Norwegian to restart 76 routes from next month

Norwegian Air Shuttle is reopening 76 routes from July 1, many of them linking Scandinavian capitals to Mediterranean holiday destinations.

Norwegian to restart 76 routes from next month
One of Norwegian's 737-800 takes off. Photo: Norwegian
The routes include those between Oslo, Copenhagen, and Stockholm and holiday destinations such as Malaga, Split, Dubrovnik, Palma de Mallorca, and Alicante. 
“To everyone who wants to travel with Norwegian this summer, I have a happy message: We will be in the air with more planes, and we will reopen a number of the routes customers have requested,” Norwegian's chief executive Jacob Schram said in a press release
He said that after SAS had announced the restart of string of new flights in June, Norwegian had to catch up. 
“Now that the competitors are also starting again with large parts of their offerings, we must also enter the competition and thus contribute to society gradually returning to normal,” he said. 
Putting another 12 aircraft into service will mean bringing 900 pilots and cabin crew back from temporary unemployment, of whom 600 are in Norway, he said. 
“I am very happy that we are now getting many of our Red Nose Warriors back to work and back in the air to take care of our customers.”  
The airline has produced a video explaining what measures are in place to reduce the spread of infection (in Norwegian).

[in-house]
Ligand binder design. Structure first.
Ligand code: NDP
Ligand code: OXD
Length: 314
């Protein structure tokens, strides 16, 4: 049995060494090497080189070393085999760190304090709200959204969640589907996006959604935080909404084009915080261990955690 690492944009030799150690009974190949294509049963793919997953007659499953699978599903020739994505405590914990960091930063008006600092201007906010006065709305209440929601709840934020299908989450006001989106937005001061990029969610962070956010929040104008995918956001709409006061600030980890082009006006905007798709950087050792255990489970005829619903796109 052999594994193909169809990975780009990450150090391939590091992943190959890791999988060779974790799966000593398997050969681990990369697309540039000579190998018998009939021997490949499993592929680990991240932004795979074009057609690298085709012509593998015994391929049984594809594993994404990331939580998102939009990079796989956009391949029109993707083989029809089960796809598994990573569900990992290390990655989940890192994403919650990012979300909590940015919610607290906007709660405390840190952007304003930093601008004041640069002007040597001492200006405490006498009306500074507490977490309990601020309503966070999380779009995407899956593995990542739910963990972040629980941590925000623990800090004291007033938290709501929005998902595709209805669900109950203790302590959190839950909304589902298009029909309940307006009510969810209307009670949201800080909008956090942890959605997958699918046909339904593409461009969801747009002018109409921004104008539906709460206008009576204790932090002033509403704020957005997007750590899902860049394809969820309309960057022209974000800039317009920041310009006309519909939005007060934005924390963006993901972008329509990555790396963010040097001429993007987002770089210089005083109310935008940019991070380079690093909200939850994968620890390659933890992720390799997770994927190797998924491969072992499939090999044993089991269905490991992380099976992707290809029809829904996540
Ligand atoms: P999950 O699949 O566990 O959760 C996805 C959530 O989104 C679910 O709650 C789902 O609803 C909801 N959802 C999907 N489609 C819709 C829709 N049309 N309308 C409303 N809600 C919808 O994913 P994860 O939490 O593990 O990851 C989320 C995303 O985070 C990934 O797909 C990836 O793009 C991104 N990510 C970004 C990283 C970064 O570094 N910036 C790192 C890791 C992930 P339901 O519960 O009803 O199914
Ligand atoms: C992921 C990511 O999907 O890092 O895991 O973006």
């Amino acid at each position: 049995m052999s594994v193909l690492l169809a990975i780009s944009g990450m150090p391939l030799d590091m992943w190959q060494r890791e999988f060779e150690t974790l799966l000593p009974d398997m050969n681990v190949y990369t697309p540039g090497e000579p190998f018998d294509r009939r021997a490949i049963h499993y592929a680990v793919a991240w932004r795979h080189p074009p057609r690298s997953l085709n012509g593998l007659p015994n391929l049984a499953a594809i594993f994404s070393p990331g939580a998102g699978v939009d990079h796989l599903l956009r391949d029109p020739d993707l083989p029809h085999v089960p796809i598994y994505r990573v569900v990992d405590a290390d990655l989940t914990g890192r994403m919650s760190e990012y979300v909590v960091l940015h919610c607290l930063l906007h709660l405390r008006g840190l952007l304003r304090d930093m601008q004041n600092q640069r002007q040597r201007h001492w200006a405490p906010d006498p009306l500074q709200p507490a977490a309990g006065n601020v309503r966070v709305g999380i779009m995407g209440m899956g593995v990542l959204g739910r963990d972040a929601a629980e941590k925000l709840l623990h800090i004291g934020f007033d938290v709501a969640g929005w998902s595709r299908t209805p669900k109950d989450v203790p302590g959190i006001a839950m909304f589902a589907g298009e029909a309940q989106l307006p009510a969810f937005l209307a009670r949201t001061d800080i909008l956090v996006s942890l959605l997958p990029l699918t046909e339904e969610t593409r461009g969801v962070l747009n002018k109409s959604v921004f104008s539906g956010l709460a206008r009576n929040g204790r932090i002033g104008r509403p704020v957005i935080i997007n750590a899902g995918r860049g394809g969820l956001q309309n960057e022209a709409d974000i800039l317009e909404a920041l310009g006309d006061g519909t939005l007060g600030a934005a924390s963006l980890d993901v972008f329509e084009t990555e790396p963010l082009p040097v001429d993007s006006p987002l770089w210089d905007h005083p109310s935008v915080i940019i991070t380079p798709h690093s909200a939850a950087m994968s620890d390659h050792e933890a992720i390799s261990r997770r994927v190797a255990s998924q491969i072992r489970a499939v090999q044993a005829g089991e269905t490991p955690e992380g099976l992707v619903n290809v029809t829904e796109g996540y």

Here are Norwegian's routes from Oslo from July 1. 
Here are Norwegian's routes from Copenhagen
Here are Norwegian's routes from Stockholm 

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SAS announces reduced loss and pins hopes on summer flights

Scandinavian airline SAS narrowed its losses in the second quarter, the company said Thursday, as it set its hopes on an easing of coronavirus restrictions this summer.

SAS announces reduced loss and pins hopes on summer flights
A SAS aircraft taking off in Paris. Photo: Charles Platiau/Reuters/Ritzau Scanpix

The earnings report came a day after the governments of Sweden and Denmark announced another round of aid to the ailing carrier.

From February to April, SAS booked a net loss of 2.43 billion Swedish kronor ($292 million, 240 million euros) — 30 percent smaller than in the second quarter last year.

The company also reported an improved operating profit “for the first time since the pandemic’s outbreak, both year-on-year and compared with the previous quarter,” pointing to its cost cutting efforts.

However, the number of passengers in the period declined by 140,000 compared to the first quarter, to 857,000.

This caused revenue to fall to 1.93 billion kronor, a 15 percent drop from the preceding quarter and 63 percent from a year earlier.

“The increase in vaccination rates provides some hope for the relaxation of restrictions, and an increase in demand ahead of the important summer season,” chief executive Karl Sandlund said in a statement.

However, the CEO also noted that “many customers are now increasingly choosing to book their tickets much closer to their travel dates, which makes it difficult to predict demand during the summer.”

SAS also said it expected claims from passengers of up to 150 million kronor after a European court ruled in March that customers should be compensated over disruptions due to a pilots’ strike in 2019.

After cutting 5,000 jobs last year — representing 40 percent of its workforce — SAS announced Wednesday an additional credit line of three billion kronor from the Danish and Swedish governments, its main shareholders, to get through the crisis.

The airline received a similar loan and a capital increase last year.

READ ALSO: Virus-stricken airline SAS secures new public loan from Denmark and Sweden